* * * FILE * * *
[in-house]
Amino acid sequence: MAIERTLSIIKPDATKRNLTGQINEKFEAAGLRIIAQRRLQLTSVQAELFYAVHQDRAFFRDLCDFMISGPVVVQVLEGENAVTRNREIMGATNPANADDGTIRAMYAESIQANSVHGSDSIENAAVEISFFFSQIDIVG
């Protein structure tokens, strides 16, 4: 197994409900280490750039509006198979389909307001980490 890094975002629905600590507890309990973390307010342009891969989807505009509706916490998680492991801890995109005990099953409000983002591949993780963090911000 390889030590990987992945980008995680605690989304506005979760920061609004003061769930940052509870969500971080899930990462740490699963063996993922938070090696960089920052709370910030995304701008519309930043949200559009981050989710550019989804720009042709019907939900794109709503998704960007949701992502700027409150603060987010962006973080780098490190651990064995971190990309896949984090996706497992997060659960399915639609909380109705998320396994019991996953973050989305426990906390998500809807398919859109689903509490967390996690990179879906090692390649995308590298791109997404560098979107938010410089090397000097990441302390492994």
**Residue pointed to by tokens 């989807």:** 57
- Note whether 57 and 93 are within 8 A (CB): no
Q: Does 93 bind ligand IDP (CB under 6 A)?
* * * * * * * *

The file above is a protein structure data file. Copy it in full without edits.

[in-house]
Amino acid sequence: MAIERTLSIIKPDATKRNLTGQINEKFEAAGLRIIAQRRLQLTSVQAELFYAVHQDRAFFRDLCDFMISGPVVVQVLEGENAVTRNREIMGATNPANADDGTIRAMYAESIQANSVHGSDSIENAAVEISFFFSQIDIVG
């Protein structure tokens, strides 16, 4: 197994409900280490750039509006198979389909307001980490 890094975002629905600590507890309990973390307010342009891969989807505009509706916490998680492991801890995109005990099953409000983002591949993780963090911000 390889030590990987992945980008995680605690989304506005979760920061609004003061769930940052509870969500971080899930990462740490699963063996993922938070090696960089920052709370910030995304701008519309930043949200559009981050989710550019989804720009042709019907939900794109709503998704960007949701992502700027409150603060987010962006973080780098490190651990064995971190990309896949984090996706497992997060659960399915639609909380109705998320396994019991996953973050989305426990906390998500809807398919859109689903509490967390996690990179879906090692390649995308590298791109997404560098979107938010410089090397000097990441302390492994």
**Residue pointed to by tokens 């989807």:** 57
- Note whether 57 and 93 are within 8 A (CB): no
Q: Does 93 bind ligand IDP (CB under 6 A)?